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LAWTON: Omar Khadr is not a victim

"Misgendering someone gets you banned from speaking on campuses but murdering an American soldier fills the house and gets you a standing ovation."

To Tabitha Speer, Omar Khadr is her husband’s killer.

To Layne Morris, Omar Khadr is the cause of his partial blindness.

To Roméo Dallaire, Omar Khadr is a “magnificent gentleman.”

That undeserved characterization was surely a gut punch to the veterans outside a theatre at Dalhousie University last week, where Khadr was held up as a beacon of “courage” before a crowd that gave him a standing ovation.

The stars of the evening: a convicted terrorist, a sycophantic moderator, and an audience of fawning fans who don’t just see Khadr as a victim, but inexplicably as a hero.

The moderator, Shelly Whitman, promised “hard questions” that may be “challenging” and even “triggering,” though no such questions were posed. Unless, that is, you count Khadr being asked about the weather, or about a happy childhood memory.

Far from being an open dialogue, Whitman told the audience at the outset that questions about “the incident that happened in Afghanistan” were off-limits, as well as questions about Khadr’s $10.5 million payout from the federal government.

It takes a miraculous about of chutzpah for a convicted terrorist to get credit for ‘speaking out’ without actually addressing the terrorism bit.

That “incident” was the firefight that killed Speer and wounded Morris. Khadr confessed to and was convicted of throwing the fatal grenade, though he’s since amended this position to one of uncertainty.

Morris’ name was never mentioned at the forum. The moderator made only a passing reference to Speer as she alluded to his death “allegedly” being at Khadr’s hands.

The parodic forum revealed how successful Khadr’s rehabilitative public relations efforts have been.

While Khadr found some outright support from the fringes of the Canadian left when he was repatriated to Canada in 2012, much of the sympathy towards him was focused not on downplaying his past, but taking aim at his treatment by the American and Canadian governments.

Some people were uncomfortable viewing him in black-and-white as a hardened terrorist, and resigned to accept that there were shades of grey in his story.

This has dramatically shifted to the point where those formerly fringe voices have succeeding in casting a narrative Khadr is an example to which we should all strive. Activists now condemn as racist any view of Khadr that isn’t explicitly laudatory.

Those of us in the audience at Dalhousie last week were told to accept Khadr as being “magnificent” and “courageous,” though it was never explained why that is.

Even if we view Khadr as a victim, that hardly justifies extoling such positive attributes. Especially when no one is prepared to explore the glaring discrepancies in the victim narrative and Khadr’s own actions since being released from custody.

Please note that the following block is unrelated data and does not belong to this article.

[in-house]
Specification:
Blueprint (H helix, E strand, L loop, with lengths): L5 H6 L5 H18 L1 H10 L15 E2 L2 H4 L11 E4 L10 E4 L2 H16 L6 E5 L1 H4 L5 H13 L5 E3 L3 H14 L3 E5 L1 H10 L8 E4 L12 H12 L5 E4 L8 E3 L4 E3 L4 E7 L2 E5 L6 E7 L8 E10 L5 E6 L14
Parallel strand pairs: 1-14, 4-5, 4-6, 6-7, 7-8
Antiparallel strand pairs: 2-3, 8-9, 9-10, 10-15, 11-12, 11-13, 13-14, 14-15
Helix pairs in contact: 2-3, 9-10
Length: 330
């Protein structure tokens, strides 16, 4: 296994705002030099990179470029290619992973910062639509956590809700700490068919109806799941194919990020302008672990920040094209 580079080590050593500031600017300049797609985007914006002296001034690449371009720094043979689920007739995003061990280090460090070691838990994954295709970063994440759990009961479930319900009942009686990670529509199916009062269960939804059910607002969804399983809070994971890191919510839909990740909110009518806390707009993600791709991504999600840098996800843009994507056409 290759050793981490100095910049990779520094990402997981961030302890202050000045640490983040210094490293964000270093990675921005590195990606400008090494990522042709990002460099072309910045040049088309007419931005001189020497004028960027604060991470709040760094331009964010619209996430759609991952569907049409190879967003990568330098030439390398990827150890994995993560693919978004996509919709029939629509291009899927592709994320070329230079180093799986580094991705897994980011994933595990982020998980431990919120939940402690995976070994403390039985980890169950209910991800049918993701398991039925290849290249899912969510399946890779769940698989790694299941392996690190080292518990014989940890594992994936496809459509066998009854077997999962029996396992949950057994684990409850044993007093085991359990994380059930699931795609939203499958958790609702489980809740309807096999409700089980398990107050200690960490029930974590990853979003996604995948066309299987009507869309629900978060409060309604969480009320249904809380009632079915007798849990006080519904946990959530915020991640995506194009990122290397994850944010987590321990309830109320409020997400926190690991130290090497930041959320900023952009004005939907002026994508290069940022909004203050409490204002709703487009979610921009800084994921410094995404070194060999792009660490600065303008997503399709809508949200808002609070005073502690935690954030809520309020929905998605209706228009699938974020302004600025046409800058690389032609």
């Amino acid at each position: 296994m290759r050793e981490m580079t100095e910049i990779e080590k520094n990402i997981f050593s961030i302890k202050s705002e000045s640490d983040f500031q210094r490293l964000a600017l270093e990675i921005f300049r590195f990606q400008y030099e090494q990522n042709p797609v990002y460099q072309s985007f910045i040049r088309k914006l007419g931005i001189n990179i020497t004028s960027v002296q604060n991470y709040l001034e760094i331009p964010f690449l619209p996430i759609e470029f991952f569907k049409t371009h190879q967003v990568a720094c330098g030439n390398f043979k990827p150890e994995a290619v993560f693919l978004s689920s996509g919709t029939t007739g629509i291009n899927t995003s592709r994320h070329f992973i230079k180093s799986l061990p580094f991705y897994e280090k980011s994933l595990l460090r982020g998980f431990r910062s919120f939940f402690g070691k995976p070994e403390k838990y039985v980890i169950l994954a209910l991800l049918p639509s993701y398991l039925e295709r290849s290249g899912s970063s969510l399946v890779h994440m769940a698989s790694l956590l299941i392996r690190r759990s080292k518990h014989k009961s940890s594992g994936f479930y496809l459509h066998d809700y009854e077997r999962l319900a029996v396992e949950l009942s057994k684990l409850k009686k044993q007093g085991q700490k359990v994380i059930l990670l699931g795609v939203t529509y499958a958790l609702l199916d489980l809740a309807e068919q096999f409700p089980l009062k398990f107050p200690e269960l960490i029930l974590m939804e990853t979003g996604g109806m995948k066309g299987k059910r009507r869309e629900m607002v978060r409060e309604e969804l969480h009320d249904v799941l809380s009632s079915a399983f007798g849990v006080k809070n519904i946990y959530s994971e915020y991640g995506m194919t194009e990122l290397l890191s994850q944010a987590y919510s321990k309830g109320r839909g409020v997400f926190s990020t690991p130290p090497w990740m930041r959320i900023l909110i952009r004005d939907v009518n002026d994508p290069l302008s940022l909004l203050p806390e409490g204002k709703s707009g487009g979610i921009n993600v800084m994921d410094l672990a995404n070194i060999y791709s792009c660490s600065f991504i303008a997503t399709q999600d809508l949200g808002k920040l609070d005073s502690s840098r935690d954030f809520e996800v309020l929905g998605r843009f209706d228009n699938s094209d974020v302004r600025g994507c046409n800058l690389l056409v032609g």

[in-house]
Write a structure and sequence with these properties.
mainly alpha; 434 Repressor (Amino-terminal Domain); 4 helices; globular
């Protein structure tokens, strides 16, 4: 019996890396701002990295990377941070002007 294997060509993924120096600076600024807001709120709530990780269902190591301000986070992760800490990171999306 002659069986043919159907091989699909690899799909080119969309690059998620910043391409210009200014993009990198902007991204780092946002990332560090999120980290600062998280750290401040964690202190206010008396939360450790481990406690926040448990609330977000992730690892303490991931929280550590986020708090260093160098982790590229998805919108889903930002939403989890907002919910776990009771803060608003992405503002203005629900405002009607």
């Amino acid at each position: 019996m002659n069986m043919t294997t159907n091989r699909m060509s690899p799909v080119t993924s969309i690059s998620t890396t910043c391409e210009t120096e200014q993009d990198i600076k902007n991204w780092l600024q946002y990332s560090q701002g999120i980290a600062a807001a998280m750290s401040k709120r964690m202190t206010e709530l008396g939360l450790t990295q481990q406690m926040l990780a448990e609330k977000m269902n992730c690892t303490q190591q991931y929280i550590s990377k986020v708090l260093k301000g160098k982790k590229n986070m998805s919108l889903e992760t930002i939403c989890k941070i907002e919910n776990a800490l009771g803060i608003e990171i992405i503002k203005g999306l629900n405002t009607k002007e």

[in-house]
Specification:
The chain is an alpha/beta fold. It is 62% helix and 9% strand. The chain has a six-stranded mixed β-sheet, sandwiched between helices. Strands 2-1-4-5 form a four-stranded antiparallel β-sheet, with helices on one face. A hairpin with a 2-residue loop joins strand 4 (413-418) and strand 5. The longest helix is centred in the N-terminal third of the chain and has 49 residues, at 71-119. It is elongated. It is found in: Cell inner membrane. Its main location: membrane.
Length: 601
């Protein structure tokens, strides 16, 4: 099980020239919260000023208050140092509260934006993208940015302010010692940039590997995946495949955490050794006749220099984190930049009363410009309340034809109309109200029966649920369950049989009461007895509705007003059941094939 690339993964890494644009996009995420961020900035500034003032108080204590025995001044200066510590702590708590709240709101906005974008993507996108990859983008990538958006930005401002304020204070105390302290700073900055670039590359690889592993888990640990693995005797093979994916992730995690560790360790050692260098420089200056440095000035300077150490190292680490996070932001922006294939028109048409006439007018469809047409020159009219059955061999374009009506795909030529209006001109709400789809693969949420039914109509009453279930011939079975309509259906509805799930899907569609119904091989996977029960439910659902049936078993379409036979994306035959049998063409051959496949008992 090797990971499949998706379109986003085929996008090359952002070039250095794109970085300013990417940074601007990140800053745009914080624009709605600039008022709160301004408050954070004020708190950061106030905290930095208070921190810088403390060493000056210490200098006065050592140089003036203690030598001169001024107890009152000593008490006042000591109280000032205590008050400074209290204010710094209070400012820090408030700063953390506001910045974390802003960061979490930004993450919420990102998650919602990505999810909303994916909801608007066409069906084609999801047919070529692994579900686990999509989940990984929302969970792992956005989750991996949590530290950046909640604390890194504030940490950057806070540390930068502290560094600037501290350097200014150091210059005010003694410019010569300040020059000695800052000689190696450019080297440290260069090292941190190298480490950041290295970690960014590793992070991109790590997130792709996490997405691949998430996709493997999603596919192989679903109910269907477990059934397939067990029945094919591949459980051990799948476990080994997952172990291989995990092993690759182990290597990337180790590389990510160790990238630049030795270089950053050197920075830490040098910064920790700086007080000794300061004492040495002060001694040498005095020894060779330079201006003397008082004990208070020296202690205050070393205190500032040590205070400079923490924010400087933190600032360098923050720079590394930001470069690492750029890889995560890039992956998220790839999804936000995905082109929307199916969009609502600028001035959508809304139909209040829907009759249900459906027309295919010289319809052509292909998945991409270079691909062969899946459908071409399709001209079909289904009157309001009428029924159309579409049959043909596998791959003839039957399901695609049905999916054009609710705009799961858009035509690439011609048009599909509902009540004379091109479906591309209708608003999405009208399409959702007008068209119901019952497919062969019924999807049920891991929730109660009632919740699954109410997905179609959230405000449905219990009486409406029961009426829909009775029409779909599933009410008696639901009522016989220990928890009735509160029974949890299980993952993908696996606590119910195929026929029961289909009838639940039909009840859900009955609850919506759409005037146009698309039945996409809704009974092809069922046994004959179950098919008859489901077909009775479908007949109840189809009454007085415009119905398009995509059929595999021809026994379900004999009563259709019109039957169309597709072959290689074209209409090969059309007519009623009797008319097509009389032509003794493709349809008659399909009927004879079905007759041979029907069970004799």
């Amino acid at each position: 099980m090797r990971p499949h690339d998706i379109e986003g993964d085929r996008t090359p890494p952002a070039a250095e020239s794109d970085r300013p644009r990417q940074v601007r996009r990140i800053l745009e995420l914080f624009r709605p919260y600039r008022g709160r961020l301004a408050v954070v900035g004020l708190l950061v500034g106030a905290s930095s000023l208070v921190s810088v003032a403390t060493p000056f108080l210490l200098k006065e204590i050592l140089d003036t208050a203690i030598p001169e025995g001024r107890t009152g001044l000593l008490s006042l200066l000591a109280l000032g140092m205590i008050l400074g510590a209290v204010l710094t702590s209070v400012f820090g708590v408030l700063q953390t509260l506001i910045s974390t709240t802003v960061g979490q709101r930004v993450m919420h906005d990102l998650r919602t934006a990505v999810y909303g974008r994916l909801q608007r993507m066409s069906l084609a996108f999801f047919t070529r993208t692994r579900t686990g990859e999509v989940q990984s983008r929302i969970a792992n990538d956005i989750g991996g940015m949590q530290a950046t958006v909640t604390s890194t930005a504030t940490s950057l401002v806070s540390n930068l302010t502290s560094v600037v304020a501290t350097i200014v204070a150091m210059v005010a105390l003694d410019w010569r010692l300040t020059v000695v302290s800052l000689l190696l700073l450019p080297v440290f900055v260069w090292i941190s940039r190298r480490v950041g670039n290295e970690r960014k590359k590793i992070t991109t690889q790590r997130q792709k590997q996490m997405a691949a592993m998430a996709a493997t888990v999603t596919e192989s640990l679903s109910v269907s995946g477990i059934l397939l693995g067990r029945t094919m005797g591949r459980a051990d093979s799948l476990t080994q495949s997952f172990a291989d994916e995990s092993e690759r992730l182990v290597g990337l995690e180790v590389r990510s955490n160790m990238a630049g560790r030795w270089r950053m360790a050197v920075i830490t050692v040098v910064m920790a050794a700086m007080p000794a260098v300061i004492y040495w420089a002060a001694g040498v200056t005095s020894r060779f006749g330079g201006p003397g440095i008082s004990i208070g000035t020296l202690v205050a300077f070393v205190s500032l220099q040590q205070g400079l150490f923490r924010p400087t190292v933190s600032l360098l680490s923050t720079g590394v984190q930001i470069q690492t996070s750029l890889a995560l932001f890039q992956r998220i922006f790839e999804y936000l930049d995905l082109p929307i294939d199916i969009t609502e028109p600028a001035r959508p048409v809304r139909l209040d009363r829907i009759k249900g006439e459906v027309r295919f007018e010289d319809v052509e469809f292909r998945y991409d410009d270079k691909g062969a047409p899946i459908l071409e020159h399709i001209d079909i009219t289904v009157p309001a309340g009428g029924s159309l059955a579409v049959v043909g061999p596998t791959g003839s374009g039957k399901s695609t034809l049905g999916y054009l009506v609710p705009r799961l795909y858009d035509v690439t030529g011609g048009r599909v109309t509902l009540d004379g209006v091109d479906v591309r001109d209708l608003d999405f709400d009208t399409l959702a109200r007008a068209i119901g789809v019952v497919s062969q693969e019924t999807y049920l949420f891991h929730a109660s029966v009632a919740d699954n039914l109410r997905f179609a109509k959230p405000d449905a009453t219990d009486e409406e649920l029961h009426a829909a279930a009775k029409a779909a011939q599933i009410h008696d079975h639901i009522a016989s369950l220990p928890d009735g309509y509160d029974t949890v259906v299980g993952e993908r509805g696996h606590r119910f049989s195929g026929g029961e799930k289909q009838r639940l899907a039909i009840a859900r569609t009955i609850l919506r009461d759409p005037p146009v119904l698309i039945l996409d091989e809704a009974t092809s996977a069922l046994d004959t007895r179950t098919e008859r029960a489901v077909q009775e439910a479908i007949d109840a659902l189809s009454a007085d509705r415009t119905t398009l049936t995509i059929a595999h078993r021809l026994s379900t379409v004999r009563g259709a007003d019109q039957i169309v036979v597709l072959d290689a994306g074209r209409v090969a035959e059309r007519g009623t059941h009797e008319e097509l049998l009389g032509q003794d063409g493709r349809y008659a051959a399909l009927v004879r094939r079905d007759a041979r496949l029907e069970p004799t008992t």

If Khadr was a victim, it was not of the Canadian state but rather his own family. He was just a young and innocent bystander to their radicalism, the story goes.

The Khadrs got the nickname as being Canada’s “first family of terror” for a reason. Khadr’s father, Ahmed, was an al-Qaeda financier and confidante of Osama bin Laden. Khadr’s sister and mother notoriously expressed support for bin Laden, al-Qaeda, and even Speer’s murder.

Yet Khadr, in a 2015 Toronto Star interview said he doesn’t believe his father was in al-Qaeda.

This would come as a shock to Khadr’s brother, Abdulrahman, who said in a CBC documentary, “We are an al-Qaeda family.”

Omar Khadr also downplayed his mother’s and sister’s comments, saying he has “a million other influences” so people shouldn’t be worried.

Khadr’s supporters blame the Khadr family for putting him on the battlefield, but Khadr himself defends and downplays his family’s extremism.

Shining the light on the Khadr family exposes the biggest liability to the Khadr-as-a-victim narrative: if his family was so complicit, why has he not renounced them?

After his release, Khadr successfully went to court on numerous occasions to ease the restrictions on communicating with his family. He fought to have unsupervised contact, and eventually to get a passport to visit his sister in Saudi Arabia.

It’s a question Khadr has never answered – and to my knowledge one he’s never been asked.

I’ve never sought to deny Khadr the right to speak. Though as someone who’s written about the free speech fight I must admit it’s an interesting test of where the lines of acceptable campus discourse are drawn. Misgendering someone gets you banned from speaking on campuses but murdering an American soldier fills the house and gets you a standing ovation.

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